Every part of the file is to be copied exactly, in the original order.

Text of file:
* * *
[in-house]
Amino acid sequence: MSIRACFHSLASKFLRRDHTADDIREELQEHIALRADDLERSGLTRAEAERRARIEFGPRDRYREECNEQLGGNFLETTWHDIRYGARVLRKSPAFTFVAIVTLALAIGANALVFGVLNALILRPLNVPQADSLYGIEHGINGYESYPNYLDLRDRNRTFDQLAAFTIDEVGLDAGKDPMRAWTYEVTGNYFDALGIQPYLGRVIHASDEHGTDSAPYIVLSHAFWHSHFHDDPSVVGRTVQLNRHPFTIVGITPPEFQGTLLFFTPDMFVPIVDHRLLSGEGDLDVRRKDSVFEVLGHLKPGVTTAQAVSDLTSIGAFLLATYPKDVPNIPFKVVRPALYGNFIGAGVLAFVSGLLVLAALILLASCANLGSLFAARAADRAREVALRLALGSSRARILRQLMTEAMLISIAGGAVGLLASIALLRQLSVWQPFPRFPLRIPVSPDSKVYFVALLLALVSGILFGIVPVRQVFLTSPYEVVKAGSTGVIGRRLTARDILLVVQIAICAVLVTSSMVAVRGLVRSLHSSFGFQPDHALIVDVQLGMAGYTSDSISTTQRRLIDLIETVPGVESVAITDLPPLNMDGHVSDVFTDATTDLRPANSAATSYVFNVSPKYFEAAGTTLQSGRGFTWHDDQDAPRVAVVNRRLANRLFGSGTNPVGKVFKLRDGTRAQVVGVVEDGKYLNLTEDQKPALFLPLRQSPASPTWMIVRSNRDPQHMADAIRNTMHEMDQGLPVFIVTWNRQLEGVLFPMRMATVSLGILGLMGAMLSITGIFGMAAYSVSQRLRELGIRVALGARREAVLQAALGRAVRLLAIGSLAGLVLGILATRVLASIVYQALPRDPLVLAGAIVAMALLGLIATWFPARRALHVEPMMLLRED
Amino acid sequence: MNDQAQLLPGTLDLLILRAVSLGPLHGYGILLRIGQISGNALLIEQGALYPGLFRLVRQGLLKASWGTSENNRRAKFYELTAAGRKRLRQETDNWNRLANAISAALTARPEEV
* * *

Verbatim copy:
[in-house]
Amino acid sequence: MSIRACFHSLASKFLRRDHTADDIREELQEHIALRADDLERSGLTRAEAERRARIEFGPRDRYREECNEQLGGNFLETTWHDIRYGARVLRKSPAFTFVAIVTLALAIGANALVFGVLNALILRPLNVPQADSLYGIEHGINGYESYPNYLDLRDRNRTFDQLAAFTIDEVGLDAGKDPMRAWTYEVTGNYFDALGIQPYLGRVIHASDEHGTDSAPYIVLSHAFWHSHFHDDPSVVGRTVQLNRHPFTIVGITPPEFQGTLLFFTPDMFVPIVDHRLLSGEGDLDVRRKDSVFEVLGHLKPGVTTAQAVSDLTSIGAFLLATYPKDVPNIPFKVVRPALYGNFIGAGVLAFVSGLLVLAALILLASCANLGSLFAARAADRAREVALRLALGSSRARILRQLMTEAMLISIAGGAVGLLASIALLRQLSVWQPFPRFPLRIPVSPDSKVYFVALLLALVSGILFGIVPVRQVFLTSPYEVVKAGSTGVIGRRLTARDILLVVQIAICAVLVTSSMVAVRGLVRSLHSSFGFQPDHALIVDVQLGMAGYTSDSISTTQRRLIDLIETVPGVESVAITDLPPLNMDGHVSDVFTDATTDLRPANSAATSYVFNVSPKYFEAAGTTLQSGRGFTWHDDQDAPRVAVVNRRLANRLFGSGTNPVGKVFKLRDGTRAQVVGVVEDGKYLNLTEDQKPALFLPLRQSPASPTWMIVRSNRDPQHMADAIRNTMHEMDQGLPVFIVTWNRQLEGVLFPMRMATVSLGILGLMGAMLSITGIFGMAAYSVSQRLRELGIRVALGARREAVLQAALGRAVRLLAIGSLAGLVLGILATRVLASIVYQALPRDPLVLAGAIVAMALLGLIATWFPARRALHVEPMMLLRED
Amino acid sequence: MNDQAQLLPGTLDLLILRAVSLGPLHGYGILLRIGQISGNALLIEQGALYPGLFRLVRQGLLKASWGTSENNRRAKFYELTAAGRKRLRQETDNWNRLANAISAALTARPEEV